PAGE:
Sepp Blatter, president of football's international governing body Fifa, has blamed Switzerland's coach for his home country's early elimination from Euro 2008.This content was published on June 18, 2008 - 16:41
Blatter said in an interview with the Lausanne-based newspaper Le Matin that he had advised the Swiss Football Association (SFA) to dump Köbi Kuhn after the team's second-round loss in the 2006 World Cup.
"We had reached the ceiling with this coach," Blatter said he told SFA president Ralph Zloczower at the time. He said that Zloczower replied by saying: "You know my hands are tied. It's the league that controls the national team."
Blatter, who has railed against political interference in football matters, criticised Kuhn for being too loyal to established squad members.
"That trust works with the juniors, but not at this level," Blatter said. "He should have made braver choices."
Blatter neglected to mention that the 64-year-old coach axed World Cup captain Johann Vogel and fielded an entire midfield under the age of 24 at Euro 2008, co-hosted by Switzerland and Austria.
"Why did he insist on [Marco] Streller in place of someone faster?" Blatter asked, referring to the 27-year-old striker who started in Switzerland's opening game.
"And why deprive yourself of [Mario] Eggimann?" Blatter added, speaking of the defender and captain at Bundesliga side Karlsruhe, whom Kuhn left out of the squad.
Switzerland lost their first two group games – 1-0 to the Czech Republic and then 2-1 against Turkey – before beating a second-string Portugal side to finish with three points. They nevertheless finished bottom of their group.
While Blatter said Kuhn lacked courage, he praised Turkey's coach Fatih Terim for being "like a boxer in a ring who feels that his opponent is groggy and close to being knocked out" – a reference to Turkey's extraordinary 3-2 win over the Czech Republic, which involved two goals in the dying minutes.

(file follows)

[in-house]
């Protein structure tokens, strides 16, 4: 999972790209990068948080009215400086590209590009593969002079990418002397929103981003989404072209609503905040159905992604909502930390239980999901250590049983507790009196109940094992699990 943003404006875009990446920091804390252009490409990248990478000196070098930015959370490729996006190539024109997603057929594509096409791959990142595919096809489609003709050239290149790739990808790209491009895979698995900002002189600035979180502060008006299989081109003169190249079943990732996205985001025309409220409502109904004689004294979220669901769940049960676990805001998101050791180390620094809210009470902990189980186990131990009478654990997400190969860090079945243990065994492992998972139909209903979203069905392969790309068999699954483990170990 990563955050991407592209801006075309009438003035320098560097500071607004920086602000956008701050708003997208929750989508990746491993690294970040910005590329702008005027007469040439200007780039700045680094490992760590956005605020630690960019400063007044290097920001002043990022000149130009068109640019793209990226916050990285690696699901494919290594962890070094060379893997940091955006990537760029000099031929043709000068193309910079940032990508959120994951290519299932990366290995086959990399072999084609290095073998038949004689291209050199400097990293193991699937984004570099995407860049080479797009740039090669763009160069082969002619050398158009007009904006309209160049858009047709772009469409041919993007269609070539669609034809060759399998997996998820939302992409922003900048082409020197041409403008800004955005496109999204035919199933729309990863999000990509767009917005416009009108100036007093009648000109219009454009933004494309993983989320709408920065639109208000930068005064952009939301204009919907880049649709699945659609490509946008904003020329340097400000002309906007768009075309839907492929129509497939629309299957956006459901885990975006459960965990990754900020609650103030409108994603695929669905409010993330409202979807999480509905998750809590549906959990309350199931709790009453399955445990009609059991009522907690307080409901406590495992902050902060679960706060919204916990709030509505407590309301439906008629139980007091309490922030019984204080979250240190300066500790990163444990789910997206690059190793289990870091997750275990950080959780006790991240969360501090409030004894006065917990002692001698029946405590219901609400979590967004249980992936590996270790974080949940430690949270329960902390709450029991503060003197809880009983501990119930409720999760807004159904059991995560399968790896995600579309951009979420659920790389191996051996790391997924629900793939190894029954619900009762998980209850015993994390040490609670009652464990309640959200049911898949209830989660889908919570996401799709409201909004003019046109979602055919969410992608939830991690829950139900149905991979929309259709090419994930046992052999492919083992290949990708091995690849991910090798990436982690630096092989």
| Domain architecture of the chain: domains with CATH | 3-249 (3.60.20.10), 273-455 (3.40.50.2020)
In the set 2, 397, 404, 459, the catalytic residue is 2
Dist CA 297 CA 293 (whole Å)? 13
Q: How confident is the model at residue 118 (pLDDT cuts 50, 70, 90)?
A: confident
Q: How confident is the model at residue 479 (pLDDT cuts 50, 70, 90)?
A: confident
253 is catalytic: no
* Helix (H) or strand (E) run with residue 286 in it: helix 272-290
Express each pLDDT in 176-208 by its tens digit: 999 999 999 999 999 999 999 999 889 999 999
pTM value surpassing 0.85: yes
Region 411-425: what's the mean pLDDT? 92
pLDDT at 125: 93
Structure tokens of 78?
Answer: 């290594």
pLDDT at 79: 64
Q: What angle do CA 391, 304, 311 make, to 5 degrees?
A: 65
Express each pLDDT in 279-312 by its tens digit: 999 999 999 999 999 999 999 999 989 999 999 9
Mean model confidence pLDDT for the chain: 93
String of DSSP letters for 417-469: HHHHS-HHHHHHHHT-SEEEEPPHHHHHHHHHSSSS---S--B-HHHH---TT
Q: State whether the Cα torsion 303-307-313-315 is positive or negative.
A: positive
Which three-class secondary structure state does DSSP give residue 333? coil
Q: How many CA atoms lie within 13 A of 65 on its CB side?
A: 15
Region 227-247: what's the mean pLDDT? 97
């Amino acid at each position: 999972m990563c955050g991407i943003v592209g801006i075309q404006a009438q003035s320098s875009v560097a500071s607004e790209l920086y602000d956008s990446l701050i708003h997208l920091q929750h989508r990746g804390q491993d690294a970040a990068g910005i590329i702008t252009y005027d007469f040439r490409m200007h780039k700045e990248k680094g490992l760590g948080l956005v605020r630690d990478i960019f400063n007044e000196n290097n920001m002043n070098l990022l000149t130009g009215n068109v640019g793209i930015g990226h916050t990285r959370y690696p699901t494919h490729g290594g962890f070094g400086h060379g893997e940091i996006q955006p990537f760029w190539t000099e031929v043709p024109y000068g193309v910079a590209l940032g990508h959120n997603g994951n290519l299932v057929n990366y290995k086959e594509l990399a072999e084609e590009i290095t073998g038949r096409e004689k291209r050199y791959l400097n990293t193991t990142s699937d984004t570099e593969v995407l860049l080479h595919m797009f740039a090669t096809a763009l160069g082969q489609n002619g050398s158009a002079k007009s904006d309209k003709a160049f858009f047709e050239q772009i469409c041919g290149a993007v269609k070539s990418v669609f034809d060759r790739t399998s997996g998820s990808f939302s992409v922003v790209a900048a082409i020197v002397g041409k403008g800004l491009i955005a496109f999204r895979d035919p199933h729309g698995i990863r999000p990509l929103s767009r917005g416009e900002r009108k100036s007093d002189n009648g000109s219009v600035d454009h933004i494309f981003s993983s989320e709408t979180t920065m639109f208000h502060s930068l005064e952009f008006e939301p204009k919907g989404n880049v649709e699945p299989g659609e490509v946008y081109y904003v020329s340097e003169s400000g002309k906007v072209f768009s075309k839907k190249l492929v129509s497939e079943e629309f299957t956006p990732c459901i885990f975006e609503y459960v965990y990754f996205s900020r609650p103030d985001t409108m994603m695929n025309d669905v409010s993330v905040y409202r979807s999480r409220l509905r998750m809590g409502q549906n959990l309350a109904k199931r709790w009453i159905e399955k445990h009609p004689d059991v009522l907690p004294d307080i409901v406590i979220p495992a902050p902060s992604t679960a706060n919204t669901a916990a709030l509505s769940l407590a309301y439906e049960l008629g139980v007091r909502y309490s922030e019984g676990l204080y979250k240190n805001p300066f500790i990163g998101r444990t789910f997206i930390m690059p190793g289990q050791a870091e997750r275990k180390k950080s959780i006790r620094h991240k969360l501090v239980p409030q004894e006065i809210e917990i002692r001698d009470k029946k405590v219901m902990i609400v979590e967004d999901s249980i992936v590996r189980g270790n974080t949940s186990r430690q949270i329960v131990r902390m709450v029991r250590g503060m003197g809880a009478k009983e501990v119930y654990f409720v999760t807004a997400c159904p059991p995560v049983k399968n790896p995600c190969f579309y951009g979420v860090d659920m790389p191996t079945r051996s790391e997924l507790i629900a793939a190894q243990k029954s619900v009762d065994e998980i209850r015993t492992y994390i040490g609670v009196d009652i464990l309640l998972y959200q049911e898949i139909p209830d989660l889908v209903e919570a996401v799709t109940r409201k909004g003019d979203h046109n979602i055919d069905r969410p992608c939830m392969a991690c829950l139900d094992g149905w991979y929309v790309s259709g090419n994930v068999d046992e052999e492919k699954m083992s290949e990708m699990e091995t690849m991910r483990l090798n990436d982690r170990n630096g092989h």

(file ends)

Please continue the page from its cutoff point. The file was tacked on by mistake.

The 72-year-old Blatter said he would not predict the June 29 final in Vienna, Austria. The Netherlands are currently favourites.
Former international player and coach Umberto Barberis, who told swissinfo he was "both saddened and angered" by Switzerland's performance at Euro 2008, refused to blame Kuhn, pointing his finger instead at the SFA.
Barberis, a consultant for swissinfo during Euro 2008, said the SFA shouldn't hide behind Kuhn's departure and needed to learn from the "sporting fiasco... that was in large part their fault".
"Only in Switzerland could a national team and its association be satisfied with a win against a Portuguese B team with nothing at stake," he said. "And daring to boast about their first Euro victory while simply regretting being eliminated from the tournament..."
Barberis said Kuhn was more a victim than someone to blame. "Sure he made some mistakes, but his hands were tied. Ultimately it was he – and to a lesser extent goalkeeper Pascal Zuberbühler – who were on display and who took the bullets."
So who was responsible for the failure? "The SFA's technical department, which used to be led by Hansrudei Hasler, and its armada of technicians who went to countless matches and kept reams of notes on Switzerland's opponents and possible opponents," he said, adding that the SFA also spent a fortune on fitness programmes for Swiss players.
Barberis said he simply wants some answers and accountability. "I'm not here to say [the SFA] are idiots. I just have the impression that they are idiots..."
Lack of professionalism
The Swiss Football Association is no stranger to accusations of incompetence.
In August 2004 an independent report criticised the SFA for its handling of an incident in which striker Alex Frei spat on England's Steven Gerrard during Euro 2004.
It concluded that the SFA did not lie about the affair, but could have acted more professionally in the way it dealt with the matter.
The report, by Lucerne-based lawyer Ulrich Fässler, strongly criticised the SFA and in particular the delegation it sent to represent Switzerland at Euro 2004.
The lawyer concluded that SFA delegates were not well prepared and that those present in Portugal reacted too slowly to the incident.
swissinfo with agencies
Switzerland is co-hosting the Euro 2008 football tournament with Austria from June 7-29.
The 31 games are being played in four cities in Switzerland (Basel, Bern, Geneva and Zurich) and four cities in Austria (Innsbruck, Klagenfurt, Salzburg and Vienna). The final will be held in Vienna on June 29.
The finals will be broadcast in 170 countries and are expected to be watched by about eight billion cumulative TV viewers.
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